Retinal Characterization of the Thy1-GCaMP3 Transgenic Mouse Line
Blandford, Stephanie Nicole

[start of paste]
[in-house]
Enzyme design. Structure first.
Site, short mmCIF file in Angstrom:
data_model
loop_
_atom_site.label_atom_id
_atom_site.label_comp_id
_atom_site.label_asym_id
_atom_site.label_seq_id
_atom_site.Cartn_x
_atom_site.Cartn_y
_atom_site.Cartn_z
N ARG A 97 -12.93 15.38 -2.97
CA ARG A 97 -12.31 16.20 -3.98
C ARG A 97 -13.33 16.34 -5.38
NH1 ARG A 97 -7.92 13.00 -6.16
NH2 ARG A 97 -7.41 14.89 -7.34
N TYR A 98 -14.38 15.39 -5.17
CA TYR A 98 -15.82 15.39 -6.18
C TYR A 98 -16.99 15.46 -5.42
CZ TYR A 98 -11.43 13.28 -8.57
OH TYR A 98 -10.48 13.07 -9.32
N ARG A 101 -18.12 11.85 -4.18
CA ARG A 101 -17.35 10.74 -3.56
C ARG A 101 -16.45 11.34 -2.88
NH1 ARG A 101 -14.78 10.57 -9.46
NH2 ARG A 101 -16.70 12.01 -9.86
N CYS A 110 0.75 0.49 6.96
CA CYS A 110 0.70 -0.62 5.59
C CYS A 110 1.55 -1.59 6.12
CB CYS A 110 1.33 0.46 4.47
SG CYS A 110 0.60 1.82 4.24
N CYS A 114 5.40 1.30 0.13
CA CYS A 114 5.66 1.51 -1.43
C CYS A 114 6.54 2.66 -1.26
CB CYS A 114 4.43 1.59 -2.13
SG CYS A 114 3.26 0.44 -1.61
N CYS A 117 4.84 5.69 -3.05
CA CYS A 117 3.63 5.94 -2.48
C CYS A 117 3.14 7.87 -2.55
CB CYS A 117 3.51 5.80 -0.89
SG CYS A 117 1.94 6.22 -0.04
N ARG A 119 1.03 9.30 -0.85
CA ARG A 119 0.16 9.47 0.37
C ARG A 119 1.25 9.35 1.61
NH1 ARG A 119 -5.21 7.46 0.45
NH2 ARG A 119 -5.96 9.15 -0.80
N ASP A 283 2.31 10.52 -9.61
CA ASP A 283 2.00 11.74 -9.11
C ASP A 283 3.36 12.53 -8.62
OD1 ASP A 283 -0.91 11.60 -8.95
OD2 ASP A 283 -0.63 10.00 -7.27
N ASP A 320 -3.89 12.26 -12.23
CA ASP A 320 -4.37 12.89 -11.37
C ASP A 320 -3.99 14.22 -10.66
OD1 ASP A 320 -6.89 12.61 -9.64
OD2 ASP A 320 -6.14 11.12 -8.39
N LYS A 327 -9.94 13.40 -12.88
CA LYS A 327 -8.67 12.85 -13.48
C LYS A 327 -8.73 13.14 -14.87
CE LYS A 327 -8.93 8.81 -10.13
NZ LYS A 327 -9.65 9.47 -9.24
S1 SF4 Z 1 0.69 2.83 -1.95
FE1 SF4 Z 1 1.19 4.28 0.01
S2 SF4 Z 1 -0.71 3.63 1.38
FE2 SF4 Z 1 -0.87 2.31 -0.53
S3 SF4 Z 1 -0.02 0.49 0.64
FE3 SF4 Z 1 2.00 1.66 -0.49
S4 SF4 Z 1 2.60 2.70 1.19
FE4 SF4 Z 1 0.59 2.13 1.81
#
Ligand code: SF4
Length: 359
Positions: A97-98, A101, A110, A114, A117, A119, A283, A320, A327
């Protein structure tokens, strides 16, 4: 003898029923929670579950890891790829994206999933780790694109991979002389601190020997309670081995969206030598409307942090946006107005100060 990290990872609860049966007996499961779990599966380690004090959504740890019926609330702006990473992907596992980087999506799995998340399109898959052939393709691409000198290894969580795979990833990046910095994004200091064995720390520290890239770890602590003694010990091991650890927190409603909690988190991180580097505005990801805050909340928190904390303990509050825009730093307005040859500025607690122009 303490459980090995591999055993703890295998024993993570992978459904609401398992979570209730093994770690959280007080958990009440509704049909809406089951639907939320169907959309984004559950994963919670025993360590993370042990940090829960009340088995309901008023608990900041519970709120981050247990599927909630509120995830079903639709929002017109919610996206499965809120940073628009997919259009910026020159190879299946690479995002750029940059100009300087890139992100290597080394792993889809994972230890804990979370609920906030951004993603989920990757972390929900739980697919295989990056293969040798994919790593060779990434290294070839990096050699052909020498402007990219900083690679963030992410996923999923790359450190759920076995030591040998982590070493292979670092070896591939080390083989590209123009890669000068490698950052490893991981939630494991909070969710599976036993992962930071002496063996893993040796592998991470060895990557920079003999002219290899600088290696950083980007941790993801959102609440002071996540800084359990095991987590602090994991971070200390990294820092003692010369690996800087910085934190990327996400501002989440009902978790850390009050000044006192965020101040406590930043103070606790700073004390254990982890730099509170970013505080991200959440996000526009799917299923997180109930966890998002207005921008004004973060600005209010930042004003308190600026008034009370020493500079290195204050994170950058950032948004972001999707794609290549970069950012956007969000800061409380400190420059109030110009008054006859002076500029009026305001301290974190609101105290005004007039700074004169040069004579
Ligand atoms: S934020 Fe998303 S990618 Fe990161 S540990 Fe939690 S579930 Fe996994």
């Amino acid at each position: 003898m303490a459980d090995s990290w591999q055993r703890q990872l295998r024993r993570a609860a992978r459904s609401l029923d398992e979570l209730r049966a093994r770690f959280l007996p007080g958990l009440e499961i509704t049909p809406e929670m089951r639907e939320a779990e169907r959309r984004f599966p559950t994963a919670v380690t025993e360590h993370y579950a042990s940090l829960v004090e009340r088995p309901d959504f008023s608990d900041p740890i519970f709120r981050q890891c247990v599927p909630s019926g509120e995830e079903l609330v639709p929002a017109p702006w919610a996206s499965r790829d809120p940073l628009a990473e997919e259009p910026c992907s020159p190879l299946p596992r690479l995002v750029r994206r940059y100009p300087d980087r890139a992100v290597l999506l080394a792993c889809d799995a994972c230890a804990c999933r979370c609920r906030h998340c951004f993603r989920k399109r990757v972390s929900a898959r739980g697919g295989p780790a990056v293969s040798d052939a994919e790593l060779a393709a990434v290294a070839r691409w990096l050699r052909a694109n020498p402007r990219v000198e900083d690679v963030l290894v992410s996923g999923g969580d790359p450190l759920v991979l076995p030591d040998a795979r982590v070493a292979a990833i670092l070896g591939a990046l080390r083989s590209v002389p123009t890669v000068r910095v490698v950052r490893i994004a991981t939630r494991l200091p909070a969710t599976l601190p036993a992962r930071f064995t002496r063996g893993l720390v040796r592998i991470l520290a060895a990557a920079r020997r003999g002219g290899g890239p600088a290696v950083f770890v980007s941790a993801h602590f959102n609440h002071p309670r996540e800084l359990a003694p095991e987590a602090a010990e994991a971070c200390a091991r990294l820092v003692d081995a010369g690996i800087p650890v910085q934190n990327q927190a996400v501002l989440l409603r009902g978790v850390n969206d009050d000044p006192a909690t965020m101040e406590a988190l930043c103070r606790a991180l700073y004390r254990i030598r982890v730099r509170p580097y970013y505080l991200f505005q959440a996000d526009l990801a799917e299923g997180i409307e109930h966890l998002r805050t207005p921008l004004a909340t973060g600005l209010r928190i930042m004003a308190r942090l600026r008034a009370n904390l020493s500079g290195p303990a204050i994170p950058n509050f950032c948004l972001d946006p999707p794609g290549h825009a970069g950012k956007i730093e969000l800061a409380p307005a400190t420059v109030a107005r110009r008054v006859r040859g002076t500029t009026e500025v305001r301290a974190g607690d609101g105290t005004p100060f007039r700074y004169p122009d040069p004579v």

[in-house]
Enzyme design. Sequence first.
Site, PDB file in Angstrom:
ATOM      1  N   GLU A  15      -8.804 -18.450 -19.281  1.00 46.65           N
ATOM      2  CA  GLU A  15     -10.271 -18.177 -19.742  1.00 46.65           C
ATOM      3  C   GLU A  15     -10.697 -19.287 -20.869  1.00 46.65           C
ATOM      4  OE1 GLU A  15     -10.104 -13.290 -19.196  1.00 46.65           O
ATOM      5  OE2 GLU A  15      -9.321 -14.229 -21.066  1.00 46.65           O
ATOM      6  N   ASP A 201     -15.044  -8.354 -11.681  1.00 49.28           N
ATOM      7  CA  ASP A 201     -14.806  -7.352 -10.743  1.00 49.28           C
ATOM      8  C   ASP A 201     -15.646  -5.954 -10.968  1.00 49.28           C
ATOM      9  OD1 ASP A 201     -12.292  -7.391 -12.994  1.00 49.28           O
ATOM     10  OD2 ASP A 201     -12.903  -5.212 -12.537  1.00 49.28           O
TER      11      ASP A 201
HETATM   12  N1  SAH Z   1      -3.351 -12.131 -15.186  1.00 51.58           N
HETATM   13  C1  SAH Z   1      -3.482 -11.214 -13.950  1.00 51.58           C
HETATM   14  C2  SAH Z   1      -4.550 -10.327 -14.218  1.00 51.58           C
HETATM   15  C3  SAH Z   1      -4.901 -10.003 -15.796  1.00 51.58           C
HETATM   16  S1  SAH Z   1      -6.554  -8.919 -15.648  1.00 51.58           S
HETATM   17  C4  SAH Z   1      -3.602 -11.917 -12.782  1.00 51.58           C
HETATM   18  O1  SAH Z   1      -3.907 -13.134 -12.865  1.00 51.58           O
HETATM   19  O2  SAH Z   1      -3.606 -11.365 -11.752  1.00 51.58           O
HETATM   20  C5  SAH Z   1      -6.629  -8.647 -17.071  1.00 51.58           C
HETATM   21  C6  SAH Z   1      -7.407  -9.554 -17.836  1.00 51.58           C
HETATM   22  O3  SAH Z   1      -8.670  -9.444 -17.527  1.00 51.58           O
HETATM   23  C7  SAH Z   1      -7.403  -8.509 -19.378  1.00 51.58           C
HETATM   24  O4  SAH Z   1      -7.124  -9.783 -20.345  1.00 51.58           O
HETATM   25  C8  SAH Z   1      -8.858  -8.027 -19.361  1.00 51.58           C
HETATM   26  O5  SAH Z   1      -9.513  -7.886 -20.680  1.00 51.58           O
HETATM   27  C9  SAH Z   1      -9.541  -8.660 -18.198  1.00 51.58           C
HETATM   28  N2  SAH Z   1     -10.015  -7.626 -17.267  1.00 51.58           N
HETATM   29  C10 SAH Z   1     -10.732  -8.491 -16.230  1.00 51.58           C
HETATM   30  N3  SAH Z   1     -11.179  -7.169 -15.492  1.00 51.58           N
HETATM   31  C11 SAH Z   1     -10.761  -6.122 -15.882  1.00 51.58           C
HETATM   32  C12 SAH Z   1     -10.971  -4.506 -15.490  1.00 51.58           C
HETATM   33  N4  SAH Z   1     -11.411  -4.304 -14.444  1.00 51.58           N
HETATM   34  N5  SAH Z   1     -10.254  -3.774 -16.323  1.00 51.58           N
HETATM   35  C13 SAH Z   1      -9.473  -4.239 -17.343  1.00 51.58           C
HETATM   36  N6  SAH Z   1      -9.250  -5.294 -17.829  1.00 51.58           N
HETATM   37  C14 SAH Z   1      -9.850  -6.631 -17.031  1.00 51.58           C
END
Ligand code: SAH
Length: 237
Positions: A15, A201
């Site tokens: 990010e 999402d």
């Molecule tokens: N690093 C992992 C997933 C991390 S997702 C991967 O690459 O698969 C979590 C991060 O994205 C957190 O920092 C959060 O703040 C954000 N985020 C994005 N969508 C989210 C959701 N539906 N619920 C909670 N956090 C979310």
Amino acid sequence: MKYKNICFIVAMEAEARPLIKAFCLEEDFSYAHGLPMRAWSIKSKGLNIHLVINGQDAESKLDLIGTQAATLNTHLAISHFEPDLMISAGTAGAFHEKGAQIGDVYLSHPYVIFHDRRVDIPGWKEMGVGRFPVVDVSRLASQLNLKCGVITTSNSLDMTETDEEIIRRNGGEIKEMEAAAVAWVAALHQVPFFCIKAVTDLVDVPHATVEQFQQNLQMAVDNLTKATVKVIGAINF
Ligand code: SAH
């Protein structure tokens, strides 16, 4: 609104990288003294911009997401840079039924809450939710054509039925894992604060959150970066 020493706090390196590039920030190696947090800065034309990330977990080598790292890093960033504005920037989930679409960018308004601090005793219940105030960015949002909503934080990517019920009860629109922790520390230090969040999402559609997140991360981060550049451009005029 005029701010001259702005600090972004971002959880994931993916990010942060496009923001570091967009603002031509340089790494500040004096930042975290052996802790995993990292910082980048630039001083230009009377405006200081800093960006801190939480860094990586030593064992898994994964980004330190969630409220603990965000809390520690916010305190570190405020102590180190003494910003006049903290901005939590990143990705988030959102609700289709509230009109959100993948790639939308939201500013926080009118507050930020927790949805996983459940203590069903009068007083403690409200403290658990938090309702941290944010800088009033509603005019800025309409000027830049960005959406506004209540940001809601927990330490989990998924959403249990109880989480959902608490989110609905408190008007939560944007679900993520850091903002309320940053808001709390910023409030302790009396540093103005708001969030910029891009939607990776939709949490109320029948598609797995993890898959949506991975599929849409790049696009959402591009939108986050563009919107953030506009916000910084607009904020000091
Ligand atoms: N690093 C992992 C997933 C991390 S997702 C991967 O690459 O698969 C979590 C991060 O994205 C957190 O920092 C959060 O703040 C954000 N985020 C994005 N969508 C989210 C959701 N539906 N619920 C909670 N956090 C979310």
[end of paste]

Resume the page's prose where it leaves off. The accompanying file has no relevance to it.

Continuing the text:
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The Thy1-GCaMP3 transgenic mouse expresses the genetically encoded Ca2+ indicator GCaMP3 in excitatory projection neurons in the central nervous system. This line has the potential to be a valuable research tool for retina research, however very little is known about its performance in the retina. Therefore, the objective of this thesis was to characterize the anatomical and functional properties of GCaMP3 expressed in retinal ganglion cells and to assess whether these properties change in a model of ganglion cell damage, optic nerve transection. Retinas from Thy1-GCaMP3 mice were examined with conventional Ca2+ imaging. In a subset of animals, ONT was performed in one eye one, three, five or seven days prior to sacrifice and calcium imaging. Retinas were mounted and transient increases of [Ca2+]i evoked by superfusion of kainic acid (KA; 10 μM, 50 μM, 100 μM). After Ca2+ imaging, retinas were fixed and processed for immunohistochemistry with antibodies against RBPMS (an RGC specific marker) and ChAT (a selective cholinergic amacrine cell marker). In Thy1-GCaMP3 mice, GCaMP3 was widely and uniformly expressed in the ganglion cell layer, and responded to elevated [Ca2+]i evoked by KA with robust increases in fluorescence intensity. Following ONT, baseline fluorescence reported by GCaMP3 was not altered, and at three, five and seven days post-ONT there was a significant decrease in transient amplitude evoked by all concentrations of KA tested. This suggests that RGCs display a decline in cellular responsiveness prior to cell death. In addition, fewer cells were able to respond to modest concentrations of applied extracellular KA indicating that functional experiments to accompany anatomical data in injury models is critical to developing the most accurate timelines of injury progression. Immunohistochemical analysis revealed that GCaMP3 was expressed in many, but not all RBPMS+ RGCs, and rarely in ChAT+ amacrine cells in both control and ONT retinas suggesting expression is in RGCs and not cholinergic amacrine cells. Furthermore, the proportion of GCaMP+ cells that were also labeled with RBPMS or ChAT did not change following ONT. Therefore, the current work provides evidence that GCaMP3 persistently reports intracellular calcium transients evoked by KA application in RGCs both in the absence and presence of axonal injury, and that GCaMP3 expression is likely restricted to RGCs, and does not change following ONT. The use of the Thy1-GCaMP3 transgenic mouse as a tool for future retina research is promising as it will allow functional assessment of RGCs over time.